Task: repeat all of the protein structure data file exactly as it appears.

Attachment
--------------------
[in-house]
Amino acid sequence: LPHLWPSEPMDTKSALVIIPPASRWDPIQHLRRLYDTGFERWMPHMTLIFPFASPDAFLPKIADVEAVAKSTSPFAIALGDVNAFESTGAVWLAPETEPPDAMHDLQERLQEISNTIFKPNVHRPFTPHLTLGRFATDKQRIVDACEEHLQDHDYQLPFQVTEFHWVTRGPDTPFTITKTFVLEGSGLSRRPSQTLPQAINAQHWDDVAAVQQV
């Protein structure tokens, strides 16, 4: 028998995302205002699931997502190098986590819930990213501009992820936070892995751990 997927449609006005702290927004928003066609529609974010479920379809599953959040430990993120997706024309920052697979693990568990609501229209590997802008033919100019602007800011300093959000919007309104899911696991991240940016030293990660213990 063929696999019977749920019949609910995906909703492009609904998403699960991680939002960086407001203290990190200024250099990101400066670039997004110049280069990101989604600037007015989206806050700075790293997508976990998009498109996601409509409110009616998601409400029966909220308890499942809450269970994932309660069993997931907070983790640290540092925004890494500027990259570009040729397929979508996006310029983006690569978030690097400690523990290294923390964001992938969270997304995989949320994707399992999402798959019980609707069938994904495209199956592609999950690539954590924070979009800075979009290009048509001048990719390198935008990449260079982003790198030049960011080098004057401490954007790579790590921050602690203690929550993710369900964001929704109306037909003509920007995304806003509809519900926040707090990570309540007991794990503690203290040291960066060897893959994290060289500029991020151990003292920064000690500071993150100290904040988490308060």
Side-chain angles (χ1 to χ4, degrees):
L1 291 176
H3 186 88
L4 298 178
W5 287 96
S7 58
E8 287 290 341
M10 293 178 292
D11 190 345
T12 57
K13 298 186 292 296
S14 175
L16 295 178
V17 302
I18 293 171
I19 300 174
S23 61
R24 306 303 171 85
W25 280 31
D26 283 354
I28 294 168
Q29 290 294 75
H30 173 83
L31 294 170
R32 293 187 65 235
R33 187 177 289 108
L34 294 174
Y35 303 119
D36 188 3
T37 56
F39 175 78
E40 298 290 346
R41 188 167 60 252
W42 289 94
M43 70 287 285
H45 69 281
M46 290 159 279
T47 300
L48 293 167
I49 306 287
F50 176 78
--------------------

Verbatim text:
[in-house]
Amino acid sequence: LPHLWPSEPMDTKSALVIIPPASRWDPIQHLRRLYDTGFERWMPHMTLIFPFASPDAFLPKIADVEAVAKSTSPFAIALGDVNAFESTGAVWLAPETEPPDAMHDLQERLQEISNTIFKPNVHRPFTPHLTLGRFATDKQRIVDACEEHLQDHDYQLPFQVTEFHWVTRGPDTPFTITKTFVLEGSGLSRRPSQTLPQAINAQHWDDVAAVQQV
């Protein structure tokens, strides 16, 4: 028998995302205002699931997502190098986590819930990213501009992820936070892995751990 997927449609006005702290927004928003066609529609974010479920379809599953959040430990993120997706024309920052697979693990568990609501229209590997802008033919100019602007800011300093959000919007309104899911696991991240940016030293990660213990 063929696999019977749920019949609910995906909703492009609904998403699960991680939002960086407001203290990190200024250099990101400066670039997004110049280069990101989604600037007015989206806050700075790293997508976990998009498109996601409509409110009616998601409400029966909220308890499942809450269970994932309660069993997931907070983790640290540092925004890494500027990259570009040729397929979508996006310029983006690569978030690097400690523990290294923390964001992938969270997304995989949320994707399992999402798959019980609707069938994904495209199956592609999950690539954590924070979009800075979009290009048509001048990719390198935008990449260079982003790198030049960011080098004057401490954007790579790590921050602690203690929550993710369900964001929704109306037909003509920007995304806003509809519900926040707090990570309540007991794990503690203290040291960066060897893959994290060289500029991020151990003292920064000690500071993150100290904040988490308060």
Side-chain angles (χ1 to χ4, degrees):
L1 291 176
H3 186 88
L4 298 178
W5 287 96
S7 58
E8 287 290 341
M10 293 178 292
D11 190 345
T12 57
K13 298 186 292 296
S14 175
L16 295 178
V17 302
I18 293 171
I19 300 174
S23 61
R24 306 303 171 85
W25 280 31
D26 283 354
I28 294 168
Q29 290 294 75
H30 173 83
L31 294 170
R32 293 187 65 235
R33 187 177 289 108
L34 294 174
Y35 303 119
D36 188 3
T37 56
F39 175 78
E40 298 290 346
R41 188 167 60 252
W42 289 94
M43 70 287 285
H45 69 281
M46 290 159 279
T47 300
L48 293 167
I49 306 287
F50 176 78